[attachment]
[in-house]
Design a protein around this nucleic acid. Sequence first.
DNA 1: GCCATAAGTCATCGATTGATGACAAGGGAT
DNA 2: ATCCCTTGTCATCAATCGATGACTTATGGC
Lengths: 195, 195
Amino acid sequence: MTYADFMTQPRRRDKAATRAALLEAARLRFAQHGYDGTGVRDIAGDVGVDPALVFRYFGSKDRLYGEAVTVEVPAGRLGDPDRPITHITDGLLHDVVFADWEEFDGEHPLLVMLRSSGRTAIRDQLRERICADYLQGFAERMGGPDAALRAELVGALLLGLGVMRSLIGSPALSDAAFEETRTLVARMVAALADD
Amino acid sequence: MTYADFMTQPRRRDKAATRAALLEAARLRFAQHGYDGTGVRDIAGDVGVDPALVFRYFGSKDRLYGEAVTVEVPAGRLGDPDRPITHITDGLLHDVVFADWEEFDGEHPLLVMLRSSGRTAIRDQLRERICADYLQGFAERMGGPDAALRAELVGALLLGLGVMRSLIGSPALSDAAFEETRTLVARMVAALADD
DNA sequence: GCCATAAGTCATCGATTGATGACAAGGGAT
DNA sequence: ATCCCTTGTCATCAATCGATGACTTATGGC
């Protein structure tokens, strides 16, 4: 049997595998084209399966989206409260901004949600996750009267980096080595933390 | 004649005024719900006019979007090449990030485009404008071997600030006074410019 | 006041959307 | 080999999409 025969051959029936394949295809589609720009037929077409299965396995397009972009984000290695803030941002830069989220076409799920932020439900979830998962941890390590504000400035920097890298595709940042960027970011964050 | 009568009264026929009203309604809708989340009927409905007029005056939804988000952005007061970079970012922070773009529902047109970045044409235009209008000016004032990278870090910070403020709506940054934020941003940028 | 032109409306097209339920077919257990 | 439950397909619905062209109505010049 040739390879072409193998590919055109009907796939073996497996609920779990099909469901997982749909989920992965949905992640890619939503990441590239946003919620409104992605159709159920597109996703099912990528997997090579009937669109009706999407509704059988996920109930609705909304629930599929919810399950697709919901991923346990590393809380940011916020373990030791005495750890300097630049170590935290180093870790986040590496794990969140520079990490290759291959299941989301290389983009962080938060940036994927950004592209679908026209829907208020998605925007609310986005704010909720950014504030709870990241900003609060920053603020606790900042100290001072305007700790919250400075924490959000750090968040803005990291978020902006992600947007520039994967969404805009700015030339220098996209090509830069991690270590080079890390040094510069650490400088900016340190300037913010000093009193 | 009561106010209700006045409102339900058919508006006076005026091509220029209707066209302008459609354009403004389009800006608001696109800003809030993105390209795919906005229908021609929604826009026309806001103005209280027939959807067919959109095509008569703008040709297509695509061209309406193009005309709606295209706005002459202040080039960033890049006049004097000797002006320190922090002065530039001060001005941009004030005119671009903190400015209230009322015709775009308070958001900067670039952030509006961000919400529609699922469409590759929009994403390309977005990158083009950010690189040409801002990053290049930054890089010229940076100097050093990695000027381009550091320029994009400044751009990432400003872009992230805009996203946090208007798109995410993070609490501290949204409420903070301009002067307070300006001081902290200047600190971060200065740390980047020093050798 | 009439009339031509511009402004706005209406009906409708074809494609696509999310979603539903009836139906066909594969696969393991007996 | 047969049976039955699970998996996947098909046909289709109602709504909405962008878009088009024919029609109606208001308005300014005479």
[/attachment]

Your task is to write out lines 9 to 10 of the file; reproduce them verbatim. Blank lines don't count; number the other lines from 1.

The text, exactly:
DNA sequence: ATCCCTTGTCATCAATCGATGACTTATGGC
């Protein structure tokens, strides 16, 4: 049997595998084209399966989206409260901004949600996750009267980096080595933390 | 004649005024719900006019979007090449990030485009404008071997600030006074410019 | 006041959307 | 080999999409 025969051959029936394949295809589609720009037929077409299965396995397009972009984000290695803030941002830069989220076409799920932020439900979830998962941890390590504000400035920097890298595709940042960027970011964050 | 009568009264026929009203309604809708989340009927409905007029005056939804988000952005007061970079970012922070773009529902047109970045044409235009209008000016004032990278870090910070403020709506940054934020941003940028 | 032109409306097209339920077919257990 | 439950397909619905062209109505010049 040739390879072409193998590919055109009907796939073996497996609920779990099909469901997982749909989920992965949905992640890619939503990441590239946003919620409104992605159709159920597109996703099912990528997997090579009937669109009706999407509704059988996920109930609705909304629930599929919810399950697709919901991923346990590393809380940011916020373990030791005495750890300097630049170590935290180093870790986040590496794990969140520079990490290759291959299941989301290389983009962080938060940036994927950004592209679908026209829907208020998605925007609310986005704010909720950014504030709870990241900003609060920053603020606790900042100290001072305007700790919250400075924490959000750090968040803005990291978020902006992600947007520039994967969404805009700015030339220098996209090509830069991690270590080079890390040094510069650490400088900016340190300037913010000093009193 | 009561106010209700006045409102339900058919508006006076005026091509220029209707066209302008459609354009403004389009800006608001696109800003809030993105390209795919906005229908021609929604826009026309806001103005209280027939959807067919959109095509008569703008040709297509695509061209309406193009005309709606295209706005002459202040080039960033890049006049004097000797002006320190922090002065530039001060001005941009004030005119671009903190400015209230009322015709775009308070958001900067670039952030509006961000919400529609699922469409590759929009994403390309977005990158083009950010690189040409801002990053290049930054890089010229940076100097050093990695000027381009550091320029994009400044751009990432400003872009992230805009996203946090208007798109995410993070609490501290949204409420903070301009002067307070300006001081902290200047600190971060200065740390980047020093050798 | 009439009339031509511009402004706005209406009906409708074809494609696509999310979603539903009836139906066909594969696969393991007996 | 047969049976039955699970998996996947098909046909289709109602709504909405962008878009088009024919029609109606208001308005300014005479």